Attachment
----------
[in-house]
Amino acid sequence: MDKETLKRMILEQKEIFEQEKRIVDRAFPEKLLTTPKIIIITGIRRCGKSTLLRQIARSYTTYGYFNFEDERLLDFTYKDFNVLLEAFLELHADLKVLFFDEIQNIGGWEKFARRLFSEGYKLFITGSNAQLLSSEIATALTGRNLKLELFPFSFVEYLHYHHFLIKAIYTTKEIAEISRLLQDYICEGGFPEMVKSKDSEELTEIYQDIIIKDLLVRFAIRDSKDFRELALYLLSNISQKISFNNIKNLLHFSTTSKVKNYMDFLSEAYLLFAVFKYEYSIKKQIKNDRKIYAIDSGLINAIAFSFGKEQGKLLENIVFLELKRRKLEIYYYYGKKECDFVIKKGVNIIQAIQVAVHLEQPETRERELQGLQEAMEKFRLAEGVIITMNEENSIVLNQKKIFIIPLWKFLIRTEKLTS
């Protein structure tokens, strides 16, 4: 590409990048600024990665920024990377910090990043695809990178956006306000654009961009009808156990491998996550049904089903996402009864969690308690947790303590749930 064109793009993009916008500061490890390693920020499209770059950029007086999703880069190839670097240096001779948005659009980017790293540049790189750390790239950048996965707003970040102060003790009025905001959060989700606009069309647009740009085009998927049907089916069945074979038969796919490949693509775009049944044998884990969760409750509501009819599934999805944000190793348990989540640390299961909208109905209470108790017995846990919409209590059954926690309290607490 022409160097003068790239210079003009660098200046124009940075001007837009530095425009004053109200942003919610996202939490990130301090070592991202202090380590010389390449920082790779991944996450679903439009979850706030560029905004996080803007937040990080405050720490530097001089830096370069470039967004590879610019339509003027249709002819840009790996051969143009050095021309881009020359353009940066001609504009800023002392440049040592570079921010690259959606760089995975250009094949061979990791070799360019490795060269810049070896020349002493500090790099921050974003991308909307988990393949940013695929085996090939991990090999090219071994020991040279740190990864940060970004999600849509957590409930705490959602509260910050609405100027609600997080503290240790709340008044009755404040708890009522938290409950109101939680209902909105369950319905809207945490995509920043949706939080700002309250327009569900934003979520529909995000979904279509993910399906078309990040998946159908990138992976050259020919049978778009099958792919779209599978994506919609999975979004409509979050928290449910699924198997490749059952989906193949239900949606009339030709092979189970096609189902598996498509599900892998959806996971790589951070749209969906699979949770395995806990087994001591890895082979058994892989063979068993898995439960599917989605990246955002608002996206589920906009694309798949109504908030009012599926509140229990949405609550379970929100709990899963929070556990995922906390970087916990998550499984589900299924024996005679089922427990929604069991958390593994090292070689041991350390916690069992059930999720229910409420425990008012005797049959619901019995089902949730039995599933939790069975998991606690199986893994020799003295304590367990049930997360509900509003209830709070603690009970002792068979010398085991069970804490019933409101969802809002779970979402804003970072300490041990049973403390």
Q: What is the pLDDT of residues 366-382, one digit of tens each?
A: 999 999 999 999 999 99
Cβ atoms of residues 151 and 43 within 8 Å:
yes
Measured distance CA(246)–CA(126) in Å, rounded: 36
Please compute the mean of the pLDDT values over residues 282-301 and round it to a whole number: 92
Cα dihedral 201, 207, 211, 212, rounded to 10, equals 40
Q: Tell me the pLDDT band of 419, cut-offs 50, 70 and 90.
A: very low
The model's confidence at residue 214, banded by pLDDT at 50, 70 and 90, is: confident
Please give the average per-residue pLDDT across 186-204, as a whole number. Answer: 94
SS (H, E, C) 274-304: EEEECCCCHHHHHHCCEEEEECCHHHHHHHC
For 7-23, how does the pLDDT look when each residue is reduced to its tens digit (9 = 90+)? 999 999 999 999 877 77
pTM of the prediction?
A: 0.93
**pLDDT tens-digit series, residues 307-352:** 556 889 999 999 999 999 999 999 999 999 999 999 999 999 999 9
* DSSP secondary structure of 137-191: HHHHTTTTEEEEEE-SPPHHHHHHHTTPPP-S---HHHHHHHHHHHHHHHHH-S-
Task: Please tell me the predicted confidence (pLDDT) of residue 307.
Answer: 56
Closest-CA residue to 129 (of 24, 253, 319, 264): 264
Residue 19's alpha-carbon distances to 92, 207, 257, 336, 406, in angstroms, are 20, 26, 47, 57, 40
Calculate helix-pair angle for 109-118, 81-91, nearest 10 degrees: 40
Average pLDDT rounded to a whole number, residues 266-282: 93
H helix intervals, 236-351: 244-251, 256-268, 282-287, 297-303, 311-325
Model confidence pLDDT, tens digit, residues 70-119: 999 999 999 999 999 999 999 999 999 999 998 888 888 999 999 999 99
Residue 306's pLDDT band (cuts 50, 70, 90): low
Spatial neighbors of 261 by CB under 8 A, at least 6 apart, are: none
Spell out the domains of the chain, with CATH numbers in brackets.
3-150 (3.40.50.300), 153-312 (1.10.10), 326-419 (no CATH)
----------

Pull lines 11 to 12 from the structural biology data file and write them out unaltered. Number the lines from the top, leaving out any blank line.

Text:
Q: Tell me the pLDDT band of 419, cut-offs 50, 70 and 90.
A: very low